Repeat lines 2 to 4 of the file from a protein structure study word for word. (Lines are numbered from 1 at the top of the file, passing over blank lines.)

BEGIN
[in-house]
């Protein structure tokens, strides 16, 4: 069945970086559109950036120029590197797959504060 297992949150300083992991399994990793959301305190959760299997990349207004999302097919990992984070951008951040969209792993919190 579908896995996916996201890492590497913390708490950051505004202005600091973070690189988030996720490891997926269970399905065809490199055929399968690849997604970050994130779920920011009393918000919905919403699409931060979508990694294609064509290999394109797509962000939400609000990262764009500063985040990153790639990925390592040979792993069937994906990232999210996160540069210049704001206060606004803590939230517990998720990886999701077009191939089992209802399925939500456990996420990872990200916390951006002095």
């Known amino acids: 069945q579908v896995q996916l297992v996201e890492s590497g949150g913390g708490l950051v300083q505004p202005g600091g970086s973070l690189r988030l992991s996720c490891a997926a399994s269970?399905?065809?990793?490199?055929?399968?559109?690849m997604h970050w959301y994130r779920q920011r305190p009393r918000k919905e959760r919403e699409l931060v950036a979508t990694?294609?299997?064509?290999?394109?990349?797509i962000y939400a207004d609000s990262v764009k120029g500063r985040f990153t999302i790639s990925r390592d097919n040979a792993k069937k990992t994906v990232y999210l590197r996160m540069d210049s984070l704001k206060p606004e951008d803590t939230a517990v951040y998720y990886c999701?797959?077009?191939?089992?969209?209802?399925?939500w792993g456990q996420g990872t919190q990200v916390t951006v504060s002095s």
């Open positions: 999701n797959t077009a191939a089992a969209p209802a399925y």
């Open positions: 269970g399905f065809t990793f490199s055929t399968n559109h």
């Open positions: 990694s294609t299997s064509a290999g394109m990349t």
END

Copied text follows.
């Protein structure tokens, strides 16, 4: 069945970086559109950036120029590197797959504060 297992949150300083992991399994990793959301305190959760299997990349207004999302097919990992984070951008951040969209792993919190 579908896995996916996201890492590497913390708490950051505004202005600091973070690189988030996720490891997926269970399905065809490199055929399968690849997604970050994130779920920011009393918000919905919403699409931060979508990694294609064509290999394109797509962000939400609000990262764009500063985040990153790639990925390592040979792993069937994906990232999210996160540069210049704001206060606004803590939230517990998720990886999701077009191939089992209802399925939500456990996420990872990200916390951006002095």
């Known amino acids: 069945q579908v896995q996916l297992v996201e890492s590497g949150g913390g708490l950051v300083q505004p202005g600091g970086s973070l690189r988030l992991s996720c490891a997926a399994s269970?399905?065809?990793?490199?055929?399968?559109?690849m997604h970050w959301y994130r779920q920011r305190p009393r918000k919905e959760r919403e699409l931060v950036a979508t990694?294609?299997?064509?290999?394109?990349?797509i962000y939400a207004d609000s990262v764009k120029g500063r985040f990153t999302i790639s990925r390592d097919n040979a792993k069937k990992t994906v990232y999210l590197r996160m540069d210049s984070l704001k206060p606004e951008d803590t939230a517990v951040y998720y990886c999701?797959?077009?191939?089992?969209?209802?399925?939500w792993g456990q996420g990872t919190q990200v916390t951006v504060s002095s």
């Open positions: 999701n797959t077009a191939a089992a969209p209802a399925y």